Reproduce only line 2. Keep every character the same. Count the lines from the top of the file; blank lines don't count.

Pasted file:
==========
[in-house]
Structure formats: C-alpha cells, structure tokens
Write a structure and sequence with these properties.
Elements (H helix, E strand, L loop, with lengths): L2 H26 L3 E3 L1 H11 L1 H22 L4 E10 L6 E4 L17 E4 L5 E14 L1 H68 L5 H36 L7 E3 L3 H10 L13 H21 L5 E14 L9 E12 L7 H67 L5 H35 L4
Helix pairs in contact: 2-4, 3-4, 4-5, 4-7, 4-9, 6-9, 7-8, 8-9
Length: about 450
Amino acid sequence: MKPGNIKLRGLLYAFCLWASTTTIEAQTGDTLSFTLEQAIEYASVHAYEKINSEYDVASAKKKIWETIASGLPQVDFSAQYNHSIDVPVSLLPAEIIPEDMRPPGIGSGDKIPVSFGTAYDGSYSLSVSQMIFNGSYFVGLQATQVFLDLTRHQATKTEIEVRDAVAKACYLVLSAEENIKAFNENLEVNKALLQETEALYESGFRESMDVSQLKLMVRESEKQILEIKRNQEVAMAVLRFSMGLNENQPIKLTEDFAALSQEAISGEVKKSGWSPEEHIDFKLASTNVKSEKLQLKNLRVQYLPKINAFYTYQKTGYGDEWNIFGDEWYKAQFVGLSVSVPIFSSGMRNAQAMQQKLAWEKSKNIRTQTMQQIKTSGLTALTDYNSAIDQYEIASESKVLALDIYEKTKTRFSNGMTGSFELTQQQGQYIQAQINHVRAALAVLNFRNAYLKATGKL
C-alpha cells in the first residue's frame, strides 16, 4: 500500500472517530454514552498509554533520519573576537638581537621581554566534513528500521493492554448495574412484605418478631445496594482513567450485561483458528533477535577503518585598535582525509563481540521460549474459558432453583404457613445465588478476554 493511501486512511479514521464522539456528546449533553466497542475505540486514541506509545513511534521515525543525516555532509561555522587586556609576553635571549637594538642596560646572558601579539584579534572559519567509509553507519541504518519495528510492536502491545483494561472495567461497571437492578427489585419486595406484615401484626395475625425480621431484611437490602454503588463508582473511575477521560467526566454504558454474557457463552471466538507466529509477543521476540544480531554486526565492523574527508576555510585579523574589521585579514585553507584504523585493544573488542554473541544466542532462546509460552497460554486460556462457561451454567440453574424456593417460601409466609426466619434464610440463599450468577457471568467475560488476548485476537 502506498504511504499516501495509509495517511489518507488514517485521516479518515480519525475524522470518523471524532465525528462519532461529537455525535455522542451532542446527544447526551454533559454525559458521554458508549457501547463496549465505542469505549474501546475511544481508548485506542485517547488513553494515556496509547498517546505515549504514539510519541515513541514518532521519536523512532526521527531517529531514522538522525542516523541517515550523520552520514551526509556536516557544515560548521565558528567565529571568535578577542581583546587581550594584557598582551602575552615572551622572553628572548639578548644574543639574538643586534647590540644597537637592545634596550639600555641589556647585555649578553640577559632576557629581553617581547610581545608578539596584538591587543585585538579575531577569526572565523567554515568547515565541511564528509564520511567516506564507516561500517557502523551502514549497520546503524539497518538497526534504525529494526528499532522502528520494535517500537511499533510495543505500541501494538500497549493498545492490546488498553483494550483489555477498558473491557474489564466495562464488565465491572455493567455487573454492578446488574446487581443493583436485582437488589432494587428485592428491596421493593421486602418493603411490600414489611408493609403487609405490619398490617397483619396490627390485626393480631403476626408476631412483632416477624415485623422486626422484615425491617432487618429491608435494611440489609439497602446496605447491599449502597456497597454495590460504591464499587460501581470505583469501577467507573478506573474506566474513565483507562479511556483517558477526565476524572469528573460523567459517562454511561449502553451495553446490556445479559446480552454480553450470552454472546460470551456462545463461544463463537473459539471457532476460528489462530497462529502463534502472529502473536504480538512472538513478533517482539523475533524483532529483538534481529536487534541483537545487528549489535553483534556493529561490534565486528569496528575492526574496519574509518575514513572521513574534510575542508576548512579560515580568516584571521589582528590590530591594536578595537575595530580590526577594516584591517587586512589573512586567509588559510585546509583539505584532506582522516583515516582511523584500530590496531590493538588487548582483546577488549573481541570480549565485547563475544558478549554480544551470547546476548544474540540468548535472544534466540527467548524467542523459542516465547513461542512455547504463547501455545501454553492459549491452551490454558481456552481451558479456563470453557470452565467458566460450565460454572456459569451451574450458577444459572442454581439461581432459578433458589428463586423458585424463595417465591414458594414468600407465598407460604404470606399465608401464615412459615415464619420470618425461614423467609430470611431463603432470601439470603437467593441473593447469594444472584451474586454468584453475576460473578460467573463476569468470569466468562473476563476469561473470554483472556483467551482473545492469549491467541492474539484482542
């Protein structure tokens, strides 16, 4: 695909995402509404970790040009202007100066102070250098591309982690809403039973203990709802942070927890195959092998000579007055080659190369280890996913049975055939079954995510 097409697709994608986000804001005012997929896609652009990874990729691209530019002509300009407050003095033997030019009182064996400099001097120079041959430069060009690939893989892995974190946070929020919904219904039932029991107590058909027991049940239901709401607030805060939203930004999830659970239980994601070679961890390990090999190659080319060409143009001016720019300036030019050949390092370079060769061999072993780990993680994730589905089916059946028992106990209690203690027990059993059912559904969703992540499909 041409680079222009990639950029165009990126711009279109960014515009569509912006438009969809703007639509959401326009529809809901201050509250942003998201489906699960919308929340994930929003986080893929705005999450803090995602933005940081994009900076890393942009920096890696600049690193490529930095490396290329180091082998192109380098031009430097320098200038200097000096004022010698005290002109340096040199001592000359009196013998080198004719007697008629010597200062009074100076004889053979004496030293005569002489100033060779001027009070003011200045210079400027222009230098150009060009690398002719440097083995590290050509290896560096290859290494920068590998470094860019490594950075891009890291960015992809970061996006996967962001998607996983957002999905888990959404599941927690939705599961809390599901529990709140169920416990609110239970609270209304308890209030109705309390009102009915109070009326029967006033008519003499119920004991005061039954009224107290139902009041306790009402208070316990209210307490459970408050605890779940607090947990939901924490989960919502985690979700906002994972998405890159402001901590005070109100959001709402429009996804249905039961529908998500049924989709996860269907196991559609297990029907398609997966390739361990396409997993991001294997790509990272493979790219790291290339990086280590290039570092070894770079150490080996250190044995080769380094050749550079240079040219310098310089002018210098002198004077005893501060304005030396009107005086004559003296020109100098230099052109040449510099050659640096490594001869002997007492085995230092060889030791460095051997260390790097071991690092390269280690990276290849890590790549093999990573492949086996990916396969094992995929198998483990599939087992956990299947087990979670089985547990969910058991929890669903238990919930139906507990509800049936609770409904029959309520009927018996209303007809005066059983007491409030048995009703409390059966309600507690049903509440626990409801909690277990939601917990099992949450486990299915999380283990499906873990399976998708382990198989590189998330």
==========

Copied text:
Structure formats: C-alpha cells, structure tokens